You probably don’t realize it, but you’re a direct beneficiary of OpenStreetMap. You may not be one of those who has contributed the 100 million edits to the community-driven mapping project, but if you’re a customer of Apple, Facebook, Uber, Amazon, or countless other organizations, you depend upon OpenStreetMap every day.

For example, I mostly interact with OpenStreetMap when using Strava, which builds on Mapbox’s OpenStreetMap-driven data. Back in 2014 I asked if OpenStreetMap could become the next Linux. Fast forward to 2021 and the number of contributors has more than doubled, even as the number of organizations depending on its open mapping data has skyrocketed.

So maybe that’s a “Yes”? But challenges remain.

OpenStreetMap by the numbers

First, let’s look at some numbers. In mid-2020 Accenture published a report that found the value of OpenStreetMap’s data topped $1.67 billion. (This is roughly how much the Linux kernel was valued at back in 2008.) That’s a lot of mapping data available for free. The reason? So many people and organizations give their time and talents to it:

  • As of August 2020, OpenStreetMap saw 4.5 million map changes (edits/changesets) per day;
  • Since its inception in 2004, people have contributed more than 100 million changesets (that’s an individual choosing to use their talents 100 million times to improve mapping data for all);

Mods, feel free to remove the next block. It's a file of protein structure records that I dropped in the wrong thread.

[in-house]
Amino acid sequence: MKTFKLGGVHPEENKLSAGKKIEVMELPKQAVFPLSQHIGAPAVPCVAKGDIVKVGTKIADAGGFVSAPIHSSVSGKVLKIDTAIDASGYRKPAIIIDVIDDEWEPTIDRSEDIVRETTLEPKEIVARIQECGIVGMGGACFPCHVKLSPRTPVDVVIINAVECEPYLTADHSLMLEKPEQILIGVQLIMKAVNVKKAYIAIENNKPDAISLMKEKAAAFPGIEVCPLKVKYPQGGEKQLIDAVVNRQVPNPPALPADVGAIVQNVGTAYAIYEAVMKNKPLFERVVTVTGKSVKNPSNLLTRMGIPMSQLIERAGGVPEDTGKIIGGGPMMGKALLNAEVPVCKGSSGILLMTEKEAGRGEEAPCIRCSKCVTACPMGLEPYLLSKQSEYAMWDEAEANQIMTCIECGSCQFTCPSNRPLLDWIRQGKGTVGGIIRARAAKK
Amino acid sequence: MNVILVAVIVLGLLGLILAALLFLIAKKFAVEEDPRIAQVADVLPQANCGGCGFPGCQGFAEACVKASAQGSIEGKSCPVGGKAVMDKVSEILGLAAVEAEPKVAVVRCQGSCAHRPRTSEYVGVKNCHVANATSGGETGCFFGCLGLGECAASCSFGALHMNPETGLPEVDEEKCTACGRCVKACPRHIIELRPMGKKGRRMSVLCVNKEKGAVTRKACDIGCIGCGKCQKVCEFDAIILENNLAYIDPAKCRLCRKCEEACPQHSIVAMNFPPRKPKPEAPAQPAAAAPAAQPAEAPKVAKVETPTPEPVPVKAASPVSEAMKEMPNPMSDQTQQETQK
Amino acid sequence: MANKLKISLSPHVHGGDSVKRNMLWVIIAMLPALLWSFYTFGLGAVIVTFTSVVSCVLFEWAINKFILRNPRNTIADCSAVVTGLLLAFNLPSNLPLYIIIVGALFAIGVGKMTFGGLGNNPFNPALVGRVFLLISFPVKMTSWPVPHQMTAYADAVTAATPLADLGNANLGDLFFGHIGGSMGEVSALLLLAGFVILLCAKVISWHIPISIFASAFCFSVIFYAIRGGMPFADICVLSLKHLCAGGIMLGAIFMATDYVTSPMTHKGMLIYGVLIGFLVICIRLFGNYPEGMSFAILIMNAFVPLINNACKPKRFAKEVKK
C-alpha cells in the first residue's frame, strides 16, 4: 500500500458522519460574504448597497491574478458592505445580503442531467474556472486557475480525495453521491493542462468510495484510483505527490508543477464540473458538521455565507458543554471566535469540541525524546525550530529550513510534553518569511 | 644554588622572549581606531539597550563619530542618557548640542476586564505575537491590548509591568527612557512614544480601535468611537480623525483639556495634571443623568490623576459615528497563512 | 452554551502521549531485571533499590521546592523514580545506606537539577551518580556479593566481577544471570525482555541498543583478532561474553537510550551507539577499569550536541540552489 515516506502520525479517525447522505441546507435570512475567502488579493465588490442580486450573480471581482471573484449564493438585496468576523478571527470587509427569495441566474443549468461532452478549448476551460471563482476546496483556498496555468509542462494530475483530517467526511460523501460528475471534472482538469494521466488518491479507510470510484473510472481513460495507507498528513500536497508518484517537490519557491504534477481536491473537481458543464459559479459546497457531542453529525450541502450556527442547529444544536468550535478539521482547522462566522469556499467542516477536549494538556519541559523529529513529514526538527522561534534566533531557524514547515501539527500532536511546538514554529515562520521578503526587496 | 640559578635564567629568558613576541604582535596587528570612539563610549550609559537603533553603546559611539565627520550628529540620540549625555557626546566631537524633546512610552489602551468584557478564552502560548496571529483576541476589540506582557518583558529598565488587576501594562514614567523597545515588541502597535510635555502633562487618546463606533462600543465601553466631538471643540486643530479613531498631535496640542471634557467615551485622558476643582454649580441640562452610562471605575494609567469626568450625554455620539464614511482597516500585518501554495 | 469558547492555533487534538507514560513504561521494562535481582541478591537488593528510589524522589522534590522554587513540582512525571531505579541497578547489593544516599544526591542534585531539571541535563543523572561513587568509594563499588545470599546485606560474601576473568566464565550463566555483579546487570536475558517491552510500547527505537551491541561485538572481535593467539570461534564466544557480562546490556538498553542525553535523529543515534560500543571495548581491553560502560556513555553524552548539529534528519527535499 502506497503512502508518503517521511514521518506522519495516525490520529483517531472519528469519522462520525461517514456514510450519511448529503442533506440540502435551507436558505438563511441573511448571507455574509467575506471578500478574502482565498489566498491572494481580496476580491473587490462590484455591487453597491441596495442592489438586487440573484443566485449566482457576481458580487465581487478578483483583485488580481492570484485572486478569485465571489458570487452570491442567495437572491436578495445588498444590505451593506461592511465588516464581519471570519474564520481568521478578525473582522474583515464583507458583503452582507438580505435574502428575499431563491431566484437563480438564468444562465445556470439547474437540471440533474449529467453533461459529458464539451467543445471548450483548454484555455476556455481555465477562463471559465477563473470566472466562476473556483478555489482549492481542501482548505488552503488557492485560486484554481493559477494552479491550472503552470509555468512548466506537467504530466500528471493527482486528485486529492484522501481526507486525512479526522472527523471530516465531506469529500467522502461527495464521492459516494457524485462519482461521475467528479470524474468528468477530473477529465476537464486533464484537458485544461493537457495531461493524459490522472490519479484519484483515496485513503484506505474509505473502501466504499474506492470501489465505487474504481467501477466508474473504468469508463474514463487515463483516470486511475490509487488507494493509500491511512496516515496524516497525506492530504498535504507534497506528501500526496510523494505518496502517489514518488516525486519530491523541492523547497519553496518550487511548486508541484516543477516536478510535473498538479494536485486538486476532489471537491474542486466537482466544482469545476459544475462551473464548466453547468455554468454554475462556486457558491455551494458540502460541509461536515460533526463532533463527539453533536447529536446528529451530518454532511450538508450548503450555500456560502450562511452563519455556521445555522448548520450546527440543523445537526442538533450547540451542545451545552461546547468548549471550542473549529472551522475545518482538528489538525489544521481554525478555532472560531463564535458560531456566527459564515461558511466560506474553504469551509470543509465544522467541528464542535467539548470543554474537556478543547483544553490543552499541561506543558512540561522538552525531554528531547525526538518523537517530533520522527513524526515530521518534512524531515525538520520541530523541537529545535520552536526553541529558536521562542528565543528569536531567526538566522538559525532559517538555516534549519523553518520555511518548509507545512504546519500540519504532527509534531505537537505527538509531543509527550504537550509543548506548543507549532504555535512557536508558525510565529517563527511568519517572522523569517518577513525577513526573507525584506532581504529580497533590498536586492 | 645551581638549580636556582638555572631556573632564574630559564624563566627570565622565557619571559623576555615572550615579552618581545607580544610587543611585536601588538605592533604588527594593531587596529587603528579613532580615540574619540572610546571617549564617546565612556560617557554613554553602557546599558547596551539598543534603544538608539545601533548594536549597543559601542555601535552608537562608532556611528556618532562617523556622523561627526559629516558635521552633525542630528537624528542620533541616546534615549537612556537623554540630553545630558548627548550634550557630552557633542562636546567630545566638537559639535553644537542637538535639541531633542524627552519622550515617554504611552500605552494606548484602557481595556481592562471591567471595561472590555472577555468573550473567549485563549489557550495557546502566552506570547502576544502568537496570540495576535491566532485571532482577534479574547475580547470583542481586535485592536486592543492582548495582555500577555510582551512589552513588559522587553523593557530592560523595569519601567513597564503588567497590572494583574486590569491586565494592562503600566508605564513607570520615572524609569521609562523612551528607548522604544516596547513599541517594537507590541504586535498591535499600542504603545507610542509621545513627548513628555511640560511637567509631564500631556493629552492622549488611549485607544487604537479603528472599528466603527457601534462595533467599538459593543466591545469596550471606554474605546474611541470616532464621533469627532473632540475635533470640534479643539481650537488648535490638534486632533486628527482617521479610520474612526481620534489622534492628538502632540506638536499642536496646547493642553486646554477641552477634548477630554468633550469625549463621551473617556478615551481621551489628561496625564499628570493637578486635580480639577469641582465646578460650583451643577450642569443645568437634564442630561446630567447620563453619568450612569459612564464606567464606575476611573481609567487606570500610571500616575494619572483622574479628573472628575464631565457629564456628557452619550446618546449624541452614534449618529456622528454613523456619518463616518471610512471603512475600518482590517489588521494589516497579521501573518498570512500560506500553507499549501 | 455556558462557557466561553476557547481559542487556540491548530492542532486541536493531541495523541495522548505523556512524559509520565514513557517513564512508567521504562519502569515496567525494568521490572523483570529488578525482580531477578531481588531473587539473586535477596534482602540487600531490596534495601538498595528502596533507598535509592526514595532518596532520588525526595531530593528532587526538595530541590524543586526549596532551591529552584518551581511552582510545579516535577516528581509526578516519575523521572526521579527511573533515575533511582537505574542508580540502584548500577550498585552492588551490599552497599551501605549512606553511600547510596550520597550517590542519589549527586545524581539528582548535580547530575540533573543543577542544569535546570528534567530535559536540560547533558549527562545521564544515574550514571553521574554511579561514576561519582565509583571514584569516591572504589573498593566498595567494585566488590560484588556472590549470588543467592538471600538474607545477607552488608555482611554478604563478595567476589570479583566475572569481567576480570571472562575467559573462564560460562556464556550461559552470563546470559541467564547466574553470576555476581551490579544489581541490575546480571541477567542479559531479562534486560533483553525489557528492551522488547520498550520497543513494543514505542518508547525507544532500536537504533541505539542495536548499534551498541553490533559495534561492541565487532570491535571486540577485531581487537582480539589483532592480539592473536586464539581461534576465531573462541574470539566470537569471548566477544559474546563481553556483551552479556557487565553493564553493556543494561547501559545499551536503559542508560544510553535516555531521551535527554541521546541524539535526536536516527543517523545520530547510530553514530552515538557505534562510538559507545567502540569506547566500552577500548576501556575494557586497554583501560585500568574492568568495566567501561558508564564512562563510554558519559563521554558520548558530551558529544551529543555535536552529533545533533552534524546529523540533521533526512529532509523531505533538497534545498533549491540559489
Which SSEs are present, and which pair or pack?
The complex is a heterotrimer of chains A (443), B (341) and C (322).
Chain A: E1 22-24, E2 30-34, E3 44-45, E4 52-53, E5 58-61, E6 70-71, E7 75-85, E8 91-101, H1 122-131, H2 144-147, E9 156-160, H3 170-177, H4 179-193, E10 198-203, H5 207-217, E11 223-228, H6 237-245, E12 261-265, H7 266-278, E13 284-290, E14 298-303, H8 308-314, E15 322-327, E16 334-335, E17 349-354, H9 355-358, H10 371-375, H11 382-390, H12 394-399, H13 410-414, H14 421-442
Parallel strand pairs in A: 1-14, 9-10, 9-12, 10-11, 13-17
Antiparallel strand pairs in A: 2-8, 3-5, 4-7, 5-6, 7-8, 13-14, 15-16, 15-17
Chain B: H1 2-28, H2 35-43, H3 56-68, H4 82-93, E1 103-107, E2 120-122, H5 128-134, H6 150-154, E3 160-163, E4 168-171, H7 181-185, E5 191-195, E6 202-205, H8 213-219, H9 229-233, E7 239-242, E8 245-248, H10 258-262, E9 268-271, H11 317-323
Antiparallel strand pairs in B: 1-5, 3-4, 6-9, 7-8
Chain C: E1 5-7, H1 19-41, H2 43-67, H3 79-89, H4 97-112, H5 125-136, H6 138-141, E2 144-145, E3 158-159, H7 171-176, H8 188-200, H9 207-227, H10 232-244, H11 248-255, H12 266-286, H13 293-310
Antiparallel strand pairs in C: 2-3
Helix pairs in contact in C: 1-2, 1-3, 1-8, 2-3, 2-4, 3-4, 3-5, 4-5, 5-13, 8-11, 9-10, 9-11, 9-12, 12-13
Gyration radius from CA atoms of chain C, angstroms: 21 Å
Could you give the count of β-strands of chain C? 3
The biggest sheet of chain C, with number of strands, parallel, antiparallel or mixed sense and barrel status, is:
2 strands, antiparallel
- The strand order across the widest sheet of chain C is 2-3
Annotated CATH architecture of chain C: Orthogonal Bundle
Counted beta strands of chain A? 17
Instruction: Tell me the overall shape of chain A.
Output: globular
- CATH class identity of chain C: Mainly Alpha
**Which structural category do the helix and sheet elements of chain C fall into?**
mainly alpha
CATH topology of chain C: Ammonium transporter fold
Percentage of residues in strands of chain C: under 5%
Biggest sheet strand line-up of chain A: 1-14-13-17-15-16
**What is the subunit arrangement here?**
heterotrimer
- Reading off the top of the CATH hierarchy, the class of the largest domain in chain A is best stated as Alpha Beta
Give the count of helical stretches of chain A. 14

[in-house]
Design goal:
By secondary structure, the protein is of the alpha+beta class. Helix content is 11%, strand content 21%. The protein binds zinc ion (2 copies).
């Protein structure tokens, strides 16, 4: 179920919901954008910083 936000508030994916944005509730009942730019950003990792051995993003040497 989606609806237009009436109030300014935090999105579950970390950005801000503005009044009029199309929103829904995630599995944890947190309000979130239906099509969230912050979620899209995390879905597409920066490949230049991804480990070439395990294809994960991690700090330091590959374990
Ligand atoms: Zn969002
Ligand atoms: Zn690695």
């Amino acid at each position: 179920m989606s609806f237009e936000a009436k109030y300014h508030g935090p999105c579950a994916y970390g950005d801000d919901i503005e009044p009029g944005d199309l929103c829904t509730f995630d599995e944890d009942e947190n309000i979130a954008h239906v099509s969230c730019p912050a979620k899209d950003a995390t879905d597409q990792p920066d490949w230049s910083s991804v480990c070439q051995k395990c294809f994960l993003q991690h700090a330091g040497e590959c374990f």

• This equates to nearly 1 billion features globally in the past 16 years;
  • As of late December 2020, there were 721,270,948 “ways” (a linear feature on the ground, such as a road, wall, or river) within OpenStreetMap’s data;
  • Roughly 50,000 contributors participate in OpenStreetMap each month; and
  • Since the start of the project, over 1.5 million people have contributed.

One of those contributors, interestingly (at least, to me!) is my brother, Clark. He’s now a law professor, but over a decade ago he was active with the OpenStreetMap Foundation, providing legal assistance. Yes, even lawyers can be productive contributors!

OpenStreetMap is a colossal success story, one that keeps pressure on commercial mapping data providers like Google. (It’s worth noting, however, that OpenStreetMap isn’t a Google Maps competitor. OpenStreetMap offers mapping data, not a consumer-facing mapping product.) Not only does it force other providers to keep costs low, but it also puts pressure on others to cover areas of the world that they might otherwise skip. And yet OpenStreetMap still has plenty of hurdles to overcome, balanced by robust strengths.

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